Backbone is laid. Everything checks out everything works speeds are great. Now what?
Roku, that’s what.
So I picked up two Roku boxes. One from the Roku website ($59.00) and from Woot.com($39.99). Each one is capable of 1080 HD quality and both are wireless.
One also has an ethernet port. Both support HDMI or AV cables. I hook these little wonders up and sign in to my accounts. Netflix, Hulu and Pandora. Aside from that, I find there is a channel store with over a hundred channels to choose from, most free. I have access to news, weather, traffic, movies, TV shows, web series, there is even a channel from MIT supporting the new free online courses they offer.
So basically, I have all the TV channels I ever wanted, plus a few dozen I’ve never heard of, all the Movies, anime and even games I could possibly want. I hate sports,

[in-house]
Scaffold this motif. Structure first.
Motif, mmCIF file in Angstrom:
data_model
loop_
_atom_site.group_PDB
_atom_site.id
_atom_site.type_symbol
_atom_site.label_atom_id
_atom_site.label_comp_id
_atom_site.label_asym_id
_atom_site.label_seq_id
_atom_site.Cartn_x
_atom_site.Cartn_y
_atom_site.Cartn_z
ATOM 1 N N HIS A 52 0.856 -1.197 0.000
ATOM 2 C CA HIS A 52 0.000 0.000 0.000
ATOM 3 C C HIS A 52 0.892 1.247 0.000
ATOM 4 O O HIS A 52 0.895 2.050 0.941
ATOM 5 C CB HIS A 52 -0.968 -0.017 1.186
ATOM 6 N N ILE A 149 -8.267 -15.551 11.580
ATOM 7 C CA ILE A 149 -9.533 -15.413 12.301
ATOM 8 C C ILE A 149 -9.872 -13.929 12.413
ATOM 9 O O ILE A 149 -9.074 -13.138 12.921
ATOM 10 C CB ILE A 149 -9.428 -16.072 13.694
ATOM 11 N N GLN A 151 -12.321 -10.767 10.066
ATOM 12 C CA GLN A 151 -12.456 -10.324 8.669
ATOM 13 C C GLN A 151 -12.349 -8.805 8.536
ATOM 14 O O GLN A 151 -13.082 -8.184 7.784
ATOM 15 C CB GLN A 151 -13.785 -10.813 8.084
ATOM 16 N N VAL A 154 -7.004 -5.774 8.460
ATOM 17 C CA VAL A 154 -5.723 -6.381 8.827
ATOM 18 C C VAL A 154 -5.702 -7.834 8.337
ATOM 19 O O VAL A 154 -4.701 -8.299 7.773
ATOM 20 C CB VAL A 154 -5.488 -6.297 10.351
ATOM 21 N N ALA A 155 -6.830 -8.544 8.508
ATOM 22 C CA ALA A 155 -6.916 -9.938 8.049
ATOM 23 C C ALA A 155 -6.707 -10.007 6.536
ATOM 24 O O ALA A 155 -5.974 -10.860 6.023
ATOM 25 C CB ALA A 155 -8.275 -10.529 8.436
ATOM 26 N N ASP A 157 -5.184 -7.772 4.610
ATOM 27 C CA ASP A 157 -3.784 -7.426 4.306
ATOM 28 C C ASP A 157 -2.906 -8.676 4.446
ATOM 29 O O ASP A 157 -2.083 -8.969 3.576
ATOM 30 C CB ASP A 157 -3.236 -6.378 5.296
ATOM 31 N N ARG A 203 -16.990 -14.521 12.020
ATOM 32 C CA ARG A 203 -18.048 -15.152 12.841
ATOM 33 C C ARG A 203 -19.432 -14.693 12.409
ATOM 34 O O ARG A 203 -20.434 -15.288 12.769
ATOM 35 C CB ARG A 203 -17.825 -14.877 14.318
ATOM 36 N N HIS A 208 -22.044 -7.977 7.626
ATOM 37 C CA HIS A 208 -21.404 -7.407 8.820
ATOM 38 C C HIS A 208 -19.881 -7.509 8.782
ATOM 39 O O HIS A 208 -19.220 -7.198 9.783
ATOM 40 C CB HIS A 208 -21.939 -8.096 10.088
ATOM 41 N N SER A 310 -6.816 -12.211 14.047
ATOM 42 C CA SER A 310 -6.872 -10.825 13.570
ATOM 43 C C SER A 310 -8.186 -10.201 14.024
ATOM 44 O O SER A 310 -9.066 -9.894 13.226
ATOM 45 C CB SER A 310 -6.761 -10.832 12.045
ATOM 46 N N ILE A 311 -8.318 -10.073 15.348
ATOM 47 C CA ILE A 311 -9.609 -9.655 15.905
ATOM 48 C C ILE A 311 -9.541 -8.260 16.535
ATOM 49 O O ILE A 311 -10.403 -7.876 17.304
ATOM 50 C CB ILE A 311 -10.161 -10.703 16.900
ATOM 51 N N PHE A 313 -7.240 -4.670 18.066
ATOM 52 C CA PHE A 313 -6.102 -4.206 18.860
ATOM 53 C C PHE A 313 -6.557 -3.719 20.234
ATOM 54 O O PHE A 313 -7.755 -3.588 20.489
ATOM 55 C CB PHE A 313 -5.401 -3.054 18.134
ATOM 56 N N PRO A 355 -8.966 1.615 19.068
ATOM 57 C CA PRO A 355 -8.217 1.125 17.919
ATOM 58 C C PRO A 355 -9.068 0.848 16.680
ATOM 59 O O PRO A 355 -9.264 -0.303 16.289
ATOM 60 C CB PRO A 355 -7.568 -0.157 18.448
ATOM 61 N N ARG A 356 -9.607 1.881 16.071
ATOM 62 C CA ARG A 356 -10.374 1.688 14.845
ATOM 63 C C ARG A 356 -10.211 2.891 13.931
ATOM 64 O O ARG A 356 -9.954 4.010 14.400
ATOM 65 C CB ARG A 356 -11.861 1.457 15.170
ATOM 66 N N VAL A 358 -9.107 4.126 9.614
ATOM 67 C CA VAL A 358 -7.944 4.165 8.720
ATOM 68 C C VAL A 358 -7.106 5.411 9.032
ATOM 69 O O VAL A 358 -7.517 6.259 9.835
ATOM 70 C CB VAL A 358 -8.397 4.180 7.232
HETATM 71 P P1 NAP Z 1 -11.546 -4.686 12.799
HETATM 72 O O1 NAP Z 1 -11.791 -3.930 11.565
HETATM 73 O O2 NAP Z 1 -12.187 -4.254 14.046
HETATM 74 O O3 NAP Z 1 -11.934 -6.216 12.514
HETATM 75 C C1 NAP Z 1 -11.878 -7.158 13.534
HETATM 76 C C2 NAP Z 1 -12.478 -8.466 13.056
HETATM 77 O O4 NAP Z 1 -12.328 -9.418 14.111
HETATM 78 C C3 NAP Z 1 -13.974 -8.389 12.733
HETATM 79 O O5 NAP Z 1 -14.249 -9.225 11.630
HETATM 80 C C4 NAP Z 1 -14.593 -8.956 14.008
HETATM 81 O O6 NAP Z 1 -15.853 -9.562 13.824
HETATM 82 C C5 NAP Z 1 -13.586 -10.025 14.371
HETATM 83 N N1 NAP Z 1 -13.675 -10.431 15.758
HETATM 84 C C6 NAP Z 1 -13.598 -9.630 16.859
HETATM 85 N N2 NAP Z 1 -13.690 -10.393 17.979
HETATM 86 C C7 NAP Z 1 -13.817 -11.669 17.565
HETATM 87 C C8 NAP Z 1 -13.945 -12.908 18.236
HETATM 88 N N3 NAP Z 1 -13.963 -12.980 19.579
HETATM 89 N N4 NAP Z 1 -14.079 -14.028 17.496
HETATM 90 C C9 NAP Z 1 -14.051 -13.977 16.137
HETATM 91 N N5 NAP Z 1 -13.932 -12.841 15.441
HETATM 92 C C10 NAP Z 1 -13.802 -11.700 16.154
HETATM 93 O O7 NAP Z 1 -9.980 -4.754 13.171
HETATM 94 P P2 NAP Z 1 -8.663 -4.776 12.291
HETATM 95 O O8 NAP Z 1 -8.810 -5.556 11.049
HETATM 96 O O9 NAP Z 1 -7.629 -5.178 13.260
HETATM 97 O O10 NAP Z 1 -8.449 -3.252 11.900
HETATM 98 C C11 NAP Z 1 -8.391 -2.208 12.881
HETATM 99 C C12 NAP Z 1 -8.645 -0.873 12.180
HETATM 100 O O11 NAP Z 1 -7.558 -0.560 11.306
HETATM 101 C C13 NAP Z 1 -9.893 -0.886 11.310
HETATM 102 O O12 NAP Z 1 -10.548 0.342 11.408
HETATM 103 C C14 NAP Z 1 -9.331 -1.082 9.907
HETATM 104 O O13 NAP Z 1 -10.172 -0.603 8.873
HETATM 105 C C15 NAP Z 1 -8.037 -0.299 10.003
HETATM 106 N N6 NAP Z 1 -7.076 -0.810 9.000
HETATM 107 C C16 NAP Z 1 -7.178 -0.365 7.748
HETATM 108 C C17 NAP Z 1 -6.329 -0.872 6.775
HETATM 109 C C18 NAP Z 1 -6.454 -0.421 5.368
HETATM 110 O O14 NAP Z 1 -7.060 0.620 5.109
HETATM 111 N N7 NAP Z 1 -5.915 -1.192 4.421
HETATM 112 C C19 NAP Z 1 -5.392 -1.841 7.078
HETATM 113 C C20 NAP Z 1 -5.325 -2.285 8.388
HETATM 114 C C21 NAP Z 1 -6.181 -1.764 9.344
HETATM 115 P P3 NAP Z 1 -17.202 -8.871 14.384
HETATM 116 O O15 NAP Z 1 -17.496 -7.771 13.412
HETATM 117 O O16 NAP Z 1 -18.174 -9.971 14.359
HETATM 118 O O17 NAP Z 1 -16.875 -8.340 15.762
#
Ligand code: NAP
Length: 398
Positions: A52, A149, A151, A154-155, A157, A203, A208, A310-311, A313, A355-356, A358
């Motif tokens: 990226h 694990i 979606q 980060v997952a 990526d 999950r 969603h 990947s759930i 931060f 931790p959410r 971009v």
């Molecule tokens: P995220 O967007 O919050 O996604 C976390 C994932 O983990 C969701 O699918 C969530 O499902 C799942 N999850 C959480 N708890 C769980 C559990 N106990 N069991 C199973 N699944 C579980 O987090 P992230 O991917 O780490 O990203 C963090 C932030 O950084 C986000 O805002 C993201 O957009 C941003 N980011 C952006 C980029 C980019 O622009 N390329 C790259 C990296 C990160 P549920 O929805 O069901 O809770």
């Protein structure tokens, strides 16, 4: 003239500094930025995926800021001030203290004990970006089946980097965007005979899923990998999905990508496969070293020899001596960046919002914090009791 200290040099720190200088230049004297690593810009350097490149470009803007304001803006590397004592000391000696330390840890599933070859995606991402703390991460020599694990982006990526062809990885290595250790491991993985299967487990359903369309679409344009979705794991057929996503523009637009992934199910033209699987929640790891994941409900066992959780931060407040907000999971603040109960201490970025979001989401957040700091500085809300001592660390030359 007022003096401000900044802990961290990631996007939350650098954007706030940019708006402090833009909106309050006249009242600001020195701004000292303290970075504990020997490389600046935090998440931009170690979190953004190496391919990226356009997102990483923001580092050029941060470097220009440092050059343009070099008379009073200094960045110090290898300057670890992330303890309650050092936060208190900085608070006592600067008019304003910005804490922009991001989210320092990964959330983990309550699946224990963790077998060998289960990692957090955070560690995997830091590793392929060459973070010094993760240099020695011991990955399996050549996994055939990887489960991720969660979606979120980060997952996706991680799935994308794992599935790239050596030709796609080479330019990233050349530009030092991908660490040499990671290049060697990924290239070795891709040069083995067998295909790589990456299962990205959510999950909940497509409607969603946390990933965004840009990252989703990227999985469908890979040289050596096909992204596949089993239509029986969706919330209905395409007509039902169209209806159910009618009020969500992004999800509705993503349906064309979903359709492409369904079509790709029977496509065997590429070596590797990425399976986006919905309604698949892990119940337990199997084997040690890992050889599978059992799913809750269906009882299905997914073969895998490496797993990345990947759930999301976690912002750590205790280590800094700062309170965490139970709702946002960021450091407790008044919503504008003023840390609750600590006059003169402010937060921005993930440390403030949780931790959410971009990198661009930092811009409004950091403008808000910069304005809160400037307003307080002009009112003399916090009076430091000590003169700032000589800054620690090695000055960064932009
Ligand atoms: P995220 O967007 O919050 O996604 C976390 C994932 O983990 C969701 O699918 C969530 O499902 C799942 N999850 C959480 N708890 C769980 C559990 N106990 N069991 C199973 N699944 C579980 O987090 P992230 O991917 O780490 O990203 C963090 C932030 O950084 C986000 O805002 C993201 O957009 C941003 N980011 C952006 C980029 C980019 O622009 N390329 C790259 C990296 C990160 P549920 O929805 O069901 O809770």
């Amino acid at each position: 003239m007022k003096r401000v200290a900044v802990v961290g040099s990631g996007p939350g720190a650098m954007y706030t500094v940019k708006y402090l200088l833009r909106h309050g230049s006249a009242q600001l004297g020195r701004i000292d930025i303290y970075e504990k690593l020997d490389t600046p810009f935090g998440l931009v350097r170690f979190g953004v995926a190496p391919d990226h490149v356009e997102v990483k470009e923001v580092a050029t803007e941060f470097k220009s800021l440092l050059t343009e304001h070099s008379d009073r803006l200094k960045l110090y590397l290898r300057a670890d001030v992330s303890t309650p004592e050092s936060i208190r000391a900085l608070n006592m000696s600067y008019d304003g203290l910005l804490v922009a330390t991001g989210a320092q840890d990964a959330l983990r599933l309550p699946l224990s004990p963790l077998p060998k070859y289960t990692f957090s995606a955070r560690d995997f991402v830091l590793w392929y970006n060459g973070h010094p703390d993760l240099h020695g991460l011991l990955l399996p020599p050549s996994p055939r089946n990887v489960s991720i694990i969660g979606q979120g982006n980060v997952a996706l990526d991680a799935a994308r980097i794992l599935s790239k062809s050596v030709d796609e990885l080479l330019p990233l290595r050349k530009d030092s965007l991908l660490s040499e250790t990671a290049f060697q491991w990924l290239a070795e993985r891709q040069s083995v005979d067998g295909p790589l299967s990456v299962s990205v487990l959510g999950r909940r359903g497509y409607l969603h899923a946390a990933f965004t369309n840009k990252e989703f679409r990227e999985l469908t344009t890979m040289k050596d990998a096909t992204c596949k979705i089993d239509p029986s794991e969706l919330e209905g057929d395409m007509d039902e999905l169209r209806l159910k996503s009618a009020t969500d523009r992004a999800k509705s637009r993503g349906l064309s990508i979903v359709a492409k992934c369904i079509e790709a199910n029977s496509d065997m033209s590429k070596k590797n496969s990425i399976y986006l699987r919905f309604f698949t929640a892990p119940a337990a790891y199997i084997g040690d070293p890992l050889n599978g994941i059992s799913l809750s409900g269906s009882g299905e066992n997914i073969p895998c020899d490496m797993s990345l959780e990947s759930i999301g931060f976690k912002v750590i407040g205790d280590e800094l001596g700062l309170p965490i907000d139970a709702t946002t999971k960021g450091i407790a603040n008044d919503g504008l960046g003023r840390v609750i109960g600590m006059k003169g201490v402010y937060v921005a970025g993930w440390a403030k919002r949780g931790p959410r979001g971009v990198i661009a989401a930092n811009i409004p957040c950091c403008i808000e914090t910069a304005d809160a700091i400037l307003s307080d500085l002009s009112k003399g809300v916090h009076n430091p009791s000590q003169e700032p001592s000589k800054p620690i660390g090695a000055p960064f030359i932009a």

but for those of you that don’t, there’s a dozen choices for you.
I am impressed to say the least. Quite honestly I don’t even think I need anything
else, but my wife still likes to watch local channels and just flip around the tube sometimes, so I Install the antenna…
Because I have an older TV in my Bedroom, I started there. I ordered a digital converter box from amazon that will convert the new digitally encoded signals back to good old analog for my good old TV set. Then I picked up an RCA VHF/UHF omnidirectional antenna from Lowe’s of all places. Here’s a quick note about antennas the cable companies don’t want you to know…
Broadcast Television signals are actually better quality than cable. When NBC send out the signal, it’s in it’s full strength and original format. Cable companies on the other hand compress the information to speed it through the lines to your box. If you use the antenna instead you get an unfiltered better quality signal!
So with this antenna hooked up I get …..